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Say Hello to Healdsburg

In a galaxy where the stars of Napa and Sonoma shine like supernovas, there are a few glimmers in the sky that also command the attention of wine country stargazers. Take for instance the town of Healdsburg, for years content to exist in the outer reaches of what most people thought of as Wine Country. But these days, the gravitational pull is proving too great to resist.

Healdsburg is stepping out of its comfortable spot as supporting actor and into a leading role. The secret is out that the once sleepy town is a destination in its own right. And it doesn’t hurt that it’s just a short drive from San Francisco. Indeed during a recent weekend visit, it seemed as if half my San Francisco neighborhood was congregating in the bar at the Hotel Healdsburg.

What locals have known for decades, the rest of the world is finding out. Healdsburg offers the amenities and attractions of the bigger, better-known Wine Country towns while managing to retain a down-home charm and easy-paced lifestyle. Though it’s known as a great place for bicycle tours, much of Healdsburg’s charm is rooted in its walkability. The downtown core, anchored by a park-like plaza, is rife with shops, galleries, cafes, and restaurants. And in perhaps in no other part of Wine Country can you find so many tasting rooms accessible without having to drive. There are some 15 tasting rooms within a short walk of the town plaza.

Among them is Kendall-Jackson Healdsburg (337 Healdsburg Ave; 707-433-7102), near the northwest corner of the plaza. It’s the winery’s ancillary—and much smaller—tasting room, but it offers the full range of KJ wines. Also located on the square is an offshoot tasting room for giant Gallo of Sonoma (320 Center Street; 707-433-2458), which offers the well-known producer’s varietals for tasting by flight in a sit-down situation.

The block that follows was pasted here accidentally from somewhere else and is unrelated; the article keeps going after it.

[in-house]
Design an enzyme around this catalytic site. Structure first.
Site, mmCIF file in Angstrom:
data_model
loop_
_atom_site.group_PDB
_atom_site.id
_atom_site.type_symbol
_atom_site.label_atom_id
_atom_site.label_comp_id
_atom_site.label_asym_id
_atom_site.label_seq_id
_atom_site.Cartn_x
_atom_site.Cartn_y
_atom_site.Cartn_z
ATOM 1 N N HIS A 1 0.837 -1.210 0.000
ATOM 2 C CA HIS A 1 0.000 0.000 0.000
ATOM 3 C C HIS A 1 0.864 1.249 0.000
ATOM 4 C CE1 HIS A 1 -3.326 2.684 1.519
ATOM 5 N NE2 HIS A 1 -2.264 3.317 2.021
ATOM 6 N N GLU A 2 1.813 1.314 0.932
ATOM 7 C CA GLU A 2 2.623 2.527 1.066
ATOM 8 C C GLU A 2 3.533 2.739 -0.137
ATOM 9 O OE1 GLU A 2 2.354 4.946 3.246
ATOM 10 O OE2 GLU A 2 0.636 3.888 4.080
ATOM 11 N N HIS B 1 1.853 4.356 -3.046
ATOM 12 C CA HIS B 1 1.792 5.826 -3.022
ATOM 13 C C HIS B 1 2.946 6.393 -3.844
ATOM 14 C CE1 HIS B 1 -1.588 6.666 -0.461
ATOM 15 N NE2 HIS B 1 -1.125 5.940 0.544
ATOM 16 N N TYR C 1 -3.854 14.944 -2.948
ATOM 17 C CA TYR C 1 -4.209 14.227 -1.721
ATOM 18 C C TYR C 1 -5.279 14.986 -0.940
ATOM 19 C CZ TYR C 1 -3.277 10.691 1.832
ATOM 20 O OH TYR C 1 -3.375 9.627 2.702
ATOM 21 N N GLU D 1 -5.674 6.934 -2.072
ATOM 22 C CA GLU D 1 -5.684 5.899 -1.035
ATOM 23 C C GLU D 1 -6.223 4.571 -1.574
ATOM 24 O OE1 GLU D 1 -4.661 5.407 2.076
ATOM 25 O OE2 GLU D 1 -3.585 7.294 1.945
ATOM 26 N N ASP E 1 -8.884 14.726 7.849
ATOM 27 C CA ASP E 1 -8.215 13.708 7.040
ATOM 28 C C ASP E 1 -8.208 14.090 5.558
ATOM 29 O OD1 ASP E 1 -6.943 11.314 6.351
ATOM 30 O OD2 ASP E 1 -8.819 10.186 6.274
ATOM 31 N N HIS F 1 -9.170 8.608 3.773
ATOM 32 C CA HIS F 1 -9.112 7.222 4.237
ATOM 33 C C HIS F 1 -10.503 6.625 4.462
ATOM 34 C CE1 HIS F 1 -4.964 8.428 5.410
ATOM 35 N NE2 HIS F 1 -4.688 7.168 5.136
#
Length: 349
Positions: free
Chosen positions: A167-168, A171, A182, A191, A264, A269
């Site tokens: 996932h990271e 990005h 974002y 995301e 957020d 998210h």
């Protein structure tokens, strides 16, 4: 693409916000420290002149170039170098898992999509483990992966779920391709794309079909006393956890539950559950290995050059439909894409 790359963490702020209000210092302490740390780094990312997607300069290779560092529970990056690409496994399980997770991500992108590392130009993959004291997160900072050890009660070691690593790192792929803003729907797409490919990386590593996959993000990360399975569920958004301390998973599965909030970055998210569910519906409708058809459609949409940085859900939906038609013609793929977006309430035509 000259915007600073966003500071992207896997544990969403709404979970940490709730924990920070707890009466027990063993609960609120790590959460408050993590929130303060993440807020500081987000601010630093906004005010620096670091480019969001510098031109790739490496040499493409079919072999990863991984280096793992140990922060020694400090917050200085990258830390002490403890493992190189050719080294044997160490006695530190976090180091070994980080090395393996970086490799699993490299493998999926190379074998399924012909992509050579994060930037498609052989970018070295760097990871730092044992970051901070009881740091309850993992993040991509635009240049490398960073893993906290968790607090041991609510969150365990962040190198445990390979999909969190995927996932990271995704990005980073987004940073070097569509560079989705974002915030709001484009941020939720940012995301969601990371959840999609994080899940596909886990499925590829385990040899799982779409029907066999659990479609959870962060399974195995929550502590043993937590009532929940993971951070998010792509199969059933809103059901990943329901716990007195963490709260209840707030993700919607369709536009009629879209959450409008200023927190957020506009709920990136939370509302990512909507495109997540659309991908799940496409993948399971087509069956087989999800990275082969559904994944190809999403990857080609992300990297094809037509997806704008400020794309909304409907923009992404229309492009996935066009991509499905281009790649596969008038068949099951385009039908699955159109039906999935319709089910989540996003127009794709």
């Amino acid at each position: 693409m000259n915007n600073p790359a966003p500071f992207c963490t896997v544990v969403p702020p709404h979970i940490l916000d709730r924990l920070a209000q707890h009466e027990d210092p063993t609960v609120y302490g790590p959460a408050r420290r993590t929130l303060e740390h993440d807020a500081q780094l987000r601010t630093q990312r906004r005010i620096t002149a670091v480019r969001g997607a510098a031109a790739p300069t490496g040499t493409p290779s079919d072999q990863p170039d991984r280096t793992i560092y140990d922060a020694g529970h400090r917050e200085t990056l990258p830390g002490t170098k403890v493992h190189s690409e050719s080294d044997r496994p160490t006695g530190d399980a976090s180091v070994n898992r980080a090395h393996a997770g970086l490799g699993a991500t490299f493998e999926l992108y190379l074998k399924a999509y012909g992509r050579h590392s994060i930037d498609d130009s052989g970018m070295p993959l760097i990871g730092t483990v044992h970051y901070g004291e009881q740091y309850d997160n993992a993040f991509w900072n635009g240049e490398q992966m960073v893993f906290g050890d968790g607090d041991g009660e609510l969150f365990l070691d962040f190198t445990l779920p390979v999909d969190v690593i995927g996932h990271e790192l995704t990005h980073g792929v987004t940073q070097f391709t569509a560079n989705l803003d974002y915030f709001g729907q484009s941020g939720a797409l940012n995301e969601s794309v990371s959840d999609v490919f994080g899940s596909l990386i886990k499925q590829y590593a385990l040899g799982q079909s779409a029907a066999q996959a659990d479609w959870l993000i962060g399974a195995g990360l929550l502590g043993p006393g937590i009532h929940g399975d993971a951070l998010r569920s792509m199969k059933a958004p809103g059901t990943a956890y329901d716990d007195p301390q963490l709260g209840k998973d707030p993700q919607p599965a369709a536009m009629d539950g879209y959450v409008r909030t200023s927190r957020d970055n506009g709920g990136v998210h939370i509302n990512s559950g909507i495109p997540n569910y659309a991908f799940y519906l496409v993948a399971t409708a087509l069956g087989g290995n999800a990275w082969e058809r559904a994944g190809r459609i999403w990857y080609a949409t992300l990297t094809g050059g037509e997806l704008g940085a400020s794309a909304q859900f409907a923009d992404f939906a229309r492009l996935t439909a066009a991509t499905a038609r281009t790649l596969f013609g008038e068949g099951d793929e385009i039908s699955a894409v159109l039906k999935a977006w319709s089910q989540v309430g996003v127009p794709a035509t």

Lake Sonoma Winery (340 Healdsburg Ave; 707-473-2999) is also represented on the plaza. The tasting room is often packed with enthusiasts of the popular regional winery. Nearby is the stylish Mayo Family Winery’s Reserve Room (340 Center Street; 707-433-9400), which presents a refined, relaxed atmosphere in which to enjoy their small-lot wines. Taking the tasting concept up a notch, they also offer pairings with each tasting of small dishes prepared by the chef from the excellent next-door restaurant, Zin (344 Center Street, 707-473-0946).

Other tasting rooms in the downtown area include the friendly Toad Hollow (409A Healdsburg Ave; 707-431-8667), and Rosenblum Cellars (250 Center Street; 707-431-1169) an East Bay transplant that put down stakes just around the corner from the wildly popular Oakville Grocery.

Speaking of Oakville Grocery (124 Matheson St.; 707-433-3200), the third incarnation of the gourmet grocery store founded in Napa Valley is one of the best placed in Healdsburg to stop for an afternoon respite. The grocery has a retail component stocked with regionally produced gourmet products, as well as an alfresco café-style patio upon which to enjoy fresh-prepared treats from the kitchen. Not to be outdone by its neighbors, the grocery has a wine tasting bar, too.

Of course, for appetites beyond the gourmet grocery, Healdsburg seems to get better all the time. There are numerous excellent spots in the immediate vicinity of the plaza, but a few have lately been hogging the spotlight (deservedly so). At Dry Creek Kitchen (317 Healdsburg Ave., 707-431-0330;, big-name chef Charlie Palmer oversees an ever-changing array of seasonal Wine Country fare that has amassed a huge and slavish following (yours truly included). The place screams contemporary wine country chic, and the atmosphere imparts a feeling that you are connected to the immediate moment. 

For something a bit more refined but certainly not stuffy, there’s Cyrus (29 North Street, 707-433-3311;, whose intimate atmosphere has a European allure that is buttressed by a prix fixe menu offered in three or five courses. It’s all very civilized. Both of the aforementioned are associated with excellent hotels (Hotel Healdsburg and Le Mars Hotel, respectively), each providing a convenient waddle “home” when the day of wine tasting and eating in Wine Country’s newest “It” town is done.